Health Tips for Kids 9 to 15 Years Old
Fitness for mind and body.
Four quick and healthful suggestions to get your 9 to 15 year old off to a great start every day.
Start your day with breakfast.
Breakfast fills your "empty tank" to get you going after a long night without food. And it can help you do better in school. Easy to prepare breakfasts include cold cereal with fruit and low-fat milk, whole-wheat toast with peanut butter, yogurt with fruit, whole-grain waffles or even last night's pizza!
It's easy to fit physical activities into your daily routine. Walk, bike or jog to see friends. Take a 10-minute activity break every hour while you read, do homework or watch TV. Climb stairs instead of taking an escalator or elevator. Try to do these things for a total of 30 minutes every day.
Half an hour pumping your legs and flying higher on a swing burns more than 100 calories and works both the front and back of your thighs. And, if you push someone else, you also give your biceps a workout. It's fun, too!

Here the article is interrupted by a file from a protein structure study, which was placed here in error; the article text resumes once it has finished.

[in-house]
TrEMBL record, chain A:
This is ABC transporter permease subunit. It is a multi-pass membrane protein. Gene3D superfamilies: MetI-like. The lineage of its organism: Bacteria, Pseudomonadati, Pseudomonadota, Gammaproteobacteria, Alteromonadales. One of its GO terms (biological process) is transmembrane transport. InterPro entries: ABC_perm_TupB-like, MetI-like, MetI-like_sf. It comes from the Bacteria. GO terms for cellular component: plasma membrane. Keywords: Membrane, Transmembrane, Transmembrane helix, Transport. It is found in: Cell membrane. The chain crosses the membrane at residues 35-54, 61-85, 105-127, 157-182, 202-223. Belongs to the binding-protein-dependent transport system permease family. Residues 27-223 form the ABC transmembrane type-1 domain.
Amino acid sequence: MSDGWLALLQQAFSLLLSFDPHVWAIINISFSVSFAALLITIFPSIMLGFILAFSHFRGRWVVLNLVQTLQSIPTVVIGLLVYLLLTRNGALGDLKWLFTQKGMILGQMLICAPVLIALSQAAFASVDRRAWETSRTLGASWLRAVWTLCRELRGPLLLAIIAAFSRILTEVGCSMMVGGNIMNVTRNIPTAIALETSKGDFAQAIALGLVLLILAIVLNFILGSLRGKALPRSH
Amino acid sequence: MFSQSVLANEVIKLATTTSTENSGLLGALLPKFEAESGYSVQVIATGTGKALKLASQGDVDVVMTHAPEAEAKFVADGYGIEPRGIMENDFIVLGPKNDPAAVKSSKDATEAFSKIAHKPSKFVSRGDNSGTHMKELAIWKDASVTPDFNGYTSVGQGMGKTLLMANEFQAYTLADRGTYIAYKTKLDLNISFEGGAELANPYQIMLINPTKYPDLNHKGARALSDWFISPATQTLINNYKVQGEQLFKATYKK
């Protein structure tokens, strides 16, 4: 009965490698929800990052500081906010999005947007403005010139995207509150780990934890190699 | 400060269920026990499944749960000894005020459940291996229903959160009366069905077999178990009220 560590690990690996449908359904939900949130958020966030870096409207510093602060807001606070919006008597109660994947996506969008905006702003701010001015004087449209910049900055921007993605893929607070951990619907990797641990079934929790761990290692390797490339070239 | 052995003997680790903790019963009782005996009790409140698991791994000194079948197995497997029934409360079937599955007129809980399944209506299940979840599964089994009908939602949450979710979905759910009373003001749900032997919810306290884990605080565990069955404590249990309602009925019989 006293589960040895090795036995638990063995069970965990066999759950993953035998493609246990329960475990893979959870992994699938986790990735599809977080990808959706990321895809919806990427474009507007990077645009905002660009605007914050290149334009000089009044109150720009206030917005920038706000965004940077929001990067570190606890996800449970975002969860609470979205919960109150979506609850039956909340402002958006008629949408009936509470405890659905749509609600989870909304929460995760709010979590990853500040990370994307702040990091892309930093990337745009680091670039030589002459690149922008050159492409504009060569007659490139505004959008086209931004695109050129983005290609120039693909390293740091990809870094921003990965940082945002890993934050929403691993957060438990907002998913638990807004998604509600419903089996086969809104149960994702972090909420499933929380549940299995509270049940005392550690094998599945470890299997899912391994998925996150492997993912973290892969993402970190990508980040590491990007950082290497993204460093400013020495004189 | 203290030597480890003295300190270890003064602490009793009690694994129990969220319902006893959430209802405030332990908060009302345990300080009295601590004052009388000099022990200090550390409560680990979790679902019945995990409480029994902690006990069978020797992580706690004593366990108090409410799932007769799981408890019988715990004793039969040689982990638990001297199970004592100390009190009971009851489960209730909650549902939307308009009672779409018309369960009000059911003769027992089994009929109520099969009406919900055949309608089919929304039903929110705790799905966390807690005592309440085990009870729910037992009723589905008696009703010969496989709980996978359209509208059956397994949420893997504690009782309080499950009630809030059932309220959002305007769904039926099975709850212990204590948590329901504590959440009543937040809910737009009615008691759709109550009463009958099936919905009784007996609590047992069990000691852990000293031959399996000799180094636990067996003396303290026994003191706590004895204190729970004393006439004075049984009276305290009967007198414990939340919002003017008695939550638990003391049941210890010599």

Snacks are a great way to refuel. Choose snacks from different food groups -- a glass of low-fat milk and a few graham crackers, an apple or celery sticks with peanut butter and raisins, or some dry cereal. If you eat smart at other meals, cookies, chips and candy are okay for occasional snacking.
Work up a Sweat
Vigorous work-outs -- when you're breathing hard and sweating -- help your heart pump better, give you more energy and help you look and feel your best.
Start with a warm-up that stretches your muscles. Include 20 minutes of aerobic activity, such as running, jogging or dancing. Follow-up with activities that help make you stronger such as push-ups or lifting weights.
Last... cool down with more stretching and deep breathing.
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Disclaimer: The material on this Web site is not intended to replace advice from your doctor or fitness professional. Please consult with your physician before beginning any fitness program or fat or weight reduction program. FitnessandFreebies.com takes no responsibility for individual results, or any claim made by a third party.